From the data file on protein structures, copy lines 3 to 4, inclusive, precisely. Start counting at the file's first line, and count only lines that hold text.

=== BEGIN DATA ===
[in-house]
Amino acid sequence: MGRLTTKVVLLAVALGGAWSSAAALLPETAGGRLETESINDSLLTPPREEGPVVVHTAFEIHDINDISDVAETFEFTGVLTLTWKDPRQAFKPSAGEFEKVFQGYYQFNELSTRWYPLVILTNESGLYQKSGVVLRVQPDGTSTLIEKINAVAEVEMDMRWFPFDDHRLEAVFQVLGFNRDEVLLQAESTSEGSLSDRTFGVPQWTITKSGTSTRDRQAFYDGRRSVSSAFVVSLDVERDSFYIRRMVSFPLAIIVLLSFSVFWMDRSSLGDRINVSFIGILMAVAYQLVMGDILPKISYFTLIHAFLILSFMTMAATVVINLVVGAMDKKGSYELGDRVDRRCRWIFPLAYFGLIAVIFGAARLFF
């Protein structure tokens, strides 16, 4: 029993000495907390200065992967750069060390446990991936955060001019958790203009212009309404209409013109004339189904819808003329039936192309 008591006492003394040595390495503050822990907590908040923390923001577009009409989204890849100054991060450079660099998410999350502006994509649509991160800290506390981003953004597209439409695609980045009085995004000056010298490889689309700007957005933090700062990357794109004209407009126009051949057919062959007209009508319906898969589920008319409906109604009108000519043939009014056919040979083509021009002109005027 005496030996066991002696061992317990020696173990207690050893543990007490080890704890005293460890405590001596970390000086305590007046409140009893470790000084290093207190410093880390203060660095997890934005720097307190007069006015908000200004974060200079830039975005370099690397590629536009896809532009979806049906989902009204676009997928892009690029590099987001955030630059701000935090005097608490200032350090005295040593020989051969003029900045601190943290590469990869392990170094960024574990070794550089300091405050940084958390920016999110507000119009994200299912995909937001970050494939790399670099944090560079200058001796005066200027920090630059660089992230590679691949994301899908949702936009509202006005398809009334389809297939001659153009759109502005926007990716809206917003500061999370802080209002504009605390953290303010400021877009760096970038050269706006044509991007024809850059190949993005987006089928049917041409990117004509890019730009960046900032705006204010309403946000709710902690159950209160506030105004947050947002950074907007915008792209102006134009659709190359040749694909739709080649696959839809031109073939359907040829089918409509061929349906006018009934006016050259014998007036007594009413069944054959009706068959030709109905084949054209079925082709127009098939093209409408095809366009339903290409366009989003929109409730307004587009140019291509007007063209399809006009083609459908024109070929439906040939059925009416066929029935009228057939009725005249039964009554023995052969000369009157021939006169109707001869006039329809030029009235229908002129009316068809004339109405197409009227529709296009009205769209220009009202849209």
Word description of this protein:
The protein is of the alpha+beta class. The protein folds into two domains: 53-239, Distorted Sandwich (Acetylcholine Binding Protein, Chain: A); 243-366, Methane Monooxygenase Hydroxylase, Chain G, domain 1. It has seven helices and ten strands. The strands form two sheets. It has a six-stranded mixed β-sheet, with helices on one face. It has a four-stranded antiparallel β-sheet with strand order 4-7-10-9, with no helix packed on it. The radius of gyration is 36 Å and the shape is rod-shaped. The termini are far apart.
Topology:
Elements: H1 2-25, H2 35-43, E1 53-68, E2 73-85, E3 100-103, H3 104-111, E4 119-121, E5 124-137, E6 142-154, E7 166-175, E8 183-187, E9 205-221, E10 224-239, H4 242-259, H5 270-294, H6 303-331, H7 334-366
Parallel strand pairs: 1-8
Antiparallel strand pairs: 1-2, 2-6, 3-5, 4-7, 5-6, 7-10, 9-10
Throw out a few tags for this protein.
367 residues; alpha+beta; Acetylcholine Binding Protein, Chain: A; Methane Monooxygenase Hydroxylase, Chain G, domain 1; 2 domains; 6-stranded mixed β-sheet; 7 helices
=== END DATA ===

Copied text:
């Protein structure tokens, strides 16, 4: 029993000495907390200065992967750069060390446990991936955060001019958790203009212009309404209409013109004339189904819808003329039936192309 008591006492003394040595390495503050822990907590908040923390923001577009009409989204890849100054991060450079660099998410999350502006994509649509991160800290506390981003953004597209439409695609980045009085995004000056010298490889689309700007957005933090700062990357794109004209407009126009051949057919062959007209009508319906898969589920008319409906109604009108000519043939009014056919040979083509021009002109005027 005496030996066991002696061992317990020696173990207690050893543990007490080890704890005293460890405590001596970390000086305590007046409140009893470790000084290093207190410093880390203060660095997890934005720097307190007069006015908000200004974060200079830039975005370099690397590629536009896809532009979806049906989902009204676009997928892009690029590099987001955030630059701000935090005097608490200032350090005295040593020989051969003029900045601190943290590469990869392990170094960024574990070794550089300091405050940084958390920016999110507000119009994200299912995909937001970050494939790399670099944090560079200058001796005066200027920090630059660089992230590679691949994301899908949702936009509202006005398809009334389809297939001659153009759109502005926007990716809206917003500061999370802080209002504009605390953290303010400021877009760096970038050269706006044509991007024809850059190949993005987006089928049917041409990117004509890019730009960046900032705006204010309403946000709710902690159950209160506030105004947050947002950074907007915008792209102006134009659709190359040749694909739709080649696959839809031109073939359907040829089918409509061929349906006018009934006016050259014998007036007594009413069944054959009706068959030709109905084949054209079925082709127009098939093209409408095809366009339903290409366009989003929109409730307004587009140019291509007007063209399809006009083609459908024109070929439906040939059925009416066929029935009228057939009725005249039964009554023995052969000369009157021939006169109707001869006039329809030029009235229908002129009316068809004339109405197409009227529709296009009205769209220009009202849209």
Word description of this protein: